Measurement results of small epipelagic fishes by NRIFS used in this research were mainly conducted until August 2011. To complete the time-series data, data for 200 specimens collected in the same area (Fig. 9.4a) as this study were referenced from radiocesium concentration data (for both 134Cs and 137Cs) of sardine and Japanese anchovy reported on the FA website from 24 March 2011 to 21 March 2013 (Fig. 9.4b) (Fisheries Agency 2012, 2013). These data were mostly obtained as raw samples through 7,200-s measurements by local municipalities in the same manner as the NRIFS data. However, information regarding the length of fish from which samples were taken was not made public. In addition to muscle samples, samples prepared from the whole fish are included in the measurement samples (in this chapter, whitebait and samples that are labeled as processed goods were excluded). The published data on the aforementioned FA website do not state the collection date; thus, in this study we substituted the published date as the collection date for each datum. According to this, even after August 2011, the gradual decreasing trend of the concentration continued. After December 2011, the concentration decreased below 5.0 Bq/kg-wet, and by April 2012, many specimens had concentrations below the lower limit of detection. The detection limit value since April 2012 was 0.54 Bq/kg-wet on average for 137Cs (range, 0.29–0.76). The concentrations of 137Cs obtained from the measurement of ashed samples by NRIFS in June 2012, August 2012, and February 2013 were 0.38, 0.42, and 0.42 Bq/kg-wet, respectively, which were lower than the aforementioned average detection limit values.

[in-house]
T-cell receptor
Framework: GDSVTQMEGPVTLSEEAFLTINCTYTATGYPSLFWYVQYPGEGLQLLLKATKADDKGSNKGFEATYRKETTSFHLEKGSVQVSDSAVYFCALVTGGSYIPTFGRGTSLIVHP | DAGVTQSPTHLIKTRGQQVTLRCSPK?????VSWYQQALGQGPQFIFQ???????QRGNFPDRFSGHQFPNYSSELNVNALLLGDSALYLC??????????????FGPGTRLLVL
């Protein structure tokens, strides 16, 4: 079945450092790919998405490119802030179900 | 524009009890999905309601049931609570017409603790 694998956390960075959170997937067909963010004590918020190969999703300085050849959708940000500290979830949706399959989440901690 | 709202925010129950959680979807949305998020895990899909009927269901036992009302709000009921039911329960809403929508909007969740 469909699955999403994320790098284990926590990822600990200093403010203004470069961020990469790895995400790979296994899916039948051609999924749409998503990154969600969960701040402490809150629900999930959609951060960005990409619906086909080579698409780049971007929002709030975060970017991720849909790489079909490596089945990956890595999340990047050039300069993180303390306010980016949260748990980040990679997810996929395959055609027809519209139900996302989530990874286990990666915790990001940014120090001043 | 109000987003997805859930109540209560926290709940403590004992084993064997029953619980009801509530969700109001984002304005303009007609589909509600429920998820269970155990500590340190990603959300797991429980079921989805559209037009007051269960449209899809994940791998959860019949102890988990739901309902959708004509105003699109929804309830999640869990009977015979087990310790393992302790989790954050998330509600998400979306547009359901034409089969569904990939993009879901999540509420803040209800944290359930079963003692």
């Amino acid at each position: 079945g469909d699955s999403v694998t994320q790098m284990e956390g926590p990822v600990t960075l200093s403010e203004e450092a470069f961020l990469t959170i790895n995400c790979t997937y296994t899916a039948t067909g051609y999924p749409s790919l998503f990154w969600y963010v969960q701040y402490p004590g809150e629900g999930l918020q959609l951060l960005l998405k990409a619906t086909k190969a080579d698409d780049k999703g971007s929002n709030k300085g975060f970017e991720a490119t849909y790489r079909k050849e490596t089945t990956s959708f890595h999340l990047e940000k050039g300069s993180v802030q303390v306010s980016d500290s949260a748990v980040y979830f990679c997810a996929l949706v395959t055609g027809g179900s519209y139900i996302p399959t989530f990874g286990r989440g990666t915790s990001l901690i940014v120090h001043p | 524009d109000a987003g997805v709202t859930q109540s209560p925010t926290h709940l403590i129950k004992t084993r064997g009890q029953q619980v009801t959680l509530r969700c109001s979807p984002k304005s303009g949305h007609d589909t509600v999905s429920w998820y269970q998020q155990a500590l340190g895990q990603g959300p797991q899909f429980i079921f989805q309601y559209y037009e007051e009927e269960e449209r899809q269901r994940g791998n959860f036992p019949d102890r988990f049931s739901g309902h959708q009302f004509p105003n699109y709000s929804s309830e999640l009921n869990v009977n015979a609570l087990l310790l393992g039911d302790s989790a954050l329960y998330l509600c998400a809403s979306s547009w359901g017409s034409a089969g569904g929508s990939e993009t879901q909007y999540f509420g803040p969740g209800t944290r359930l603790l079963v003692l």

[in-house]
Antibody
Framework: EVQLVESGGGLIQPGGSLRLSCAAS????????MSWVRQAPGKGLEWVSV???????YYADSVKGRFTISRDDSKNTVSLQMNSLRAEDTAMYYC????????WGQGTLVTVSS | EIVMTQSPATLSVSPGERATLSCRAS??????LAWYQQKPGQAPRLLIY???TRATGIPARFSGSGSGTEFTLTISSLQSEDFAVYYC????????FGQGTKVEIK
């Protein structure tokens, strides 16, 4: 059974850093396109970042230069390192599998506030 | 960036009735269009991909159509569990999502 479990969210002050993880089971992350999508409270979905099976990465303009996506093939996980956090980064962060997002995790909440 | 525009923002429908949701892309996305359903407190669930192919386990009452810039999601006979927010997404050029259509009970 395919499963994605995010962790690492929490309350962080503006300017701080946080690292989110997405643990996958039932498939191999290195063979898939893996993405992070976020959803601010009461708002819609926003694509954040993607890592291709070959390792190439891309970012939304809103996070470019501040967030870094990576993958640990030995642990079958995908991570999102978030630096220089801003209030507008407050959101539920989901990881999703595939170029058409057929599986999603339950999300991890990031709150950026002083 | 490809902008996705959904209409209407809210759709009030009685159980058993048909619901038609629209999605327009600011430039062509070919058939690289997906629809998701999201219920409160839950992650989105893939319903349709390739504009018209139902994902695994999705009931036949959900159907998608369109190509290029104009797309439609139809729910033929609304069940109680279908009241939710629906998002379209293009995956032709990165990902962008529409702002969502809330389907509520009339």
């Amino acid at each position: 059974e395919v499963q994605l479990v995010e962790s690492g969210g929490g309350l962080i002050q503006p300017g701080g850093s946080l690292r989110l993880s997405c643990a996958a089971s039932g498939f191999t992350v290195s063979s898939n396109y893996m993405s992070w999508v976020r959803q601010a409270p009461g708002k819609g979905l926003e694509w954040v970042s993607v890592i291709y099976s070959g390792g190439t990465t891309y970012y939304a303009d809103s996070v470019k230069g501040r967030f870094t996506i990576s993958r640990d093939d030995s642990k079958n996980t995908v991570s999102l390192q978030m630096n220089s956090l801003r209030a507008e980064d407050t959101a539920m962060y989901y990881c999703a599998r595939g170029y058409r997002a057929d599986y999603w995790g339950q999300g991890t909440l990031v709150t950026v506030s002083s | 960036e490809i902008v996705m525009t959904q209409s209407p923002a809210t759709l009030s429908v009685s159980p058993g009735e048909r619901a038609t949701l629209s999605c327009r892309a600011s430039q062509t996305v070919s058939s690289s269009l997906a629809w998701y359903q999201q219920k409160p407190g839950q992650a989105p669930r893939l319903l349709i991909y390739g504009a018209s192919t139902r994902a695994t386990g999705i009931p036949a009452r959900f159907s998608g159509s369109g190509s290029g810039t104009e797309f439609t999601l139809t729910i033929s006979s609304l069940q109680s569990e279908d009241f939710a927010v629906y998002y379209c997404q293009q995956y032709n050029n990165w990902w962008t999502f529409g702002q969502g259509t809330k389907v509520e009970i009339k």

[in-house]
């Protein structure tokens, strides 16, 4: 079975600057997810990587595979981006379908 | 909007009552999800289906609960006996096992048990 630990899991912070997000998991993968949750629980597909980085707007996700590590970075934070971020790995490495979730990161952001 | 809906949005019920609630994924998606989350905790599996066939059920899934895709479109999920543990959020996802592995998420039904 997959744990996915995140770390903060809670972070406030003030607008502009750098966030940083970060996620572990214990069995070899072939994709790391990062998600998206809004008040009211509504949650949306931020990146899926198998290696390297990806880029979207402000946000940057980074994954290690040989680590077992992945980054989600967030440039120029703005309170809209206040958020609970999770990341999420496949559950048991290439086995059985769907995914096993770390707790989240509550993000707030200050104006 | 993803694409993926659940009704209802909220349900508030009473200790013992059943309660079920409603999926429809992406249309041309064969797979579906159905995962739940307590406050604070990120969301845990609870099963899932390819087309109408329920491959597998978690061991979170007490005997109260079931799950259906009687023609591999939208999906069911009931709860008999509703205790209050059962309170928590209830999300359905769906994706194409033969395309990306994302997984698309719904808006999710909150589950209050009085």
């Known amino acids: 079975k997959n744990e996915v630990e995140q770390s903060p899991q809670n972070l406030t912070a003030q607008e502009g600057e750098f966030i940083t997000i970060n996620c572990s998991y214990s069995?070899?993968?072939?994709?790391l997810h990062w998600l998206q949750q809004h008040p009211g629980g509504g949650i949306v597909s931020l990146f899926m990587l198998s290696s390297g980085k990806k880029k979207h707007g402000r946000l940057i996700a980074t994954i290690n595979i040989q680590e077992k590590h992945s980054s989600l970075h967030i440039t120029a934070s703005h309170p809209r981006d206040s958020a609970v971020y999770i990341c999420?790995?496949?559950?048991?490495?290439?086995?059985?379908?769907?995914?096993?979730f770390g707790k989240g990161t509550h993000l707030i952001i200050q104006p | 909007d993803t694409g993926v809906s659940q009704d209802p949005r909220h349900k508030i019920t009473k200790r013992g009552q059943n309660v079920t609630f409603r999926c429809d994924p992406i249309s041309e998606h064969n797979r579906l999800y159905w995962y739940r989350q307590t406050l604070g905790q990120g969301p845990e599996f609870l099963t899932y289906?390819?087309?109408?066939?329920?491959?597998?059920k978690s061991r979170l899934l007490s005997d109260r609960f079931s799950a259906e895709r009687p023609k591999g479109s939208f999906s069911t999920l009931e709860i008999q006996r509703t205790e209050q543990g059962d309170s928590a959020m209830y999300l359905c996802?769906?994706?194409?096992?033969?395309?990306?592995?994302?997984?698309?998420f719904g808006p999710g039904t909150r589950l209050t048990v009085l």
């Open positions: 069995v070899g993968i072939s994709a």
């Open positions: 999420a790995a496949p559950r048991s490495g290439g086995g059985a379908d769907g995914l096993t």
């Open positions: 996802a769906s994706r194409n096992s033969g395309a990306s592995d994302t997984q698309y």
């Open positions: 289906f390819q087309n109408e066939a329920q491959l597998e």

Fig. 9.4
figure 4

(a) Locations of fishing grounds of fish sampled (sardine and Japanese anchovy) in this chapter (shaded area), and sampling site of seawater (star) (after Aoyama et al. 2012). Thin curved arrows indicate current of warm water eddy (after Aoyama et al. 2012). (b) Temporal variations of radiocesium (134Cs + 137Cs) concentration in small epipelagic fish (sardine and Japanese anchovy) caught off the Kashima-Boso area and seawater (after Aoyama et al. 2012). The National Research Institute of Fisheries Science (NRIFS) measured radiocesium concentration of fish muscle. Data from the Fisheries Agency (FA) indicate radiocesium concentrations of both muscle and whole body in fish. Plot below the x-axis indicates the existence of data indicating a radiocesium concentration below the detection limit

6 Radiocesium Concentration in Seawater of the Fishing Ground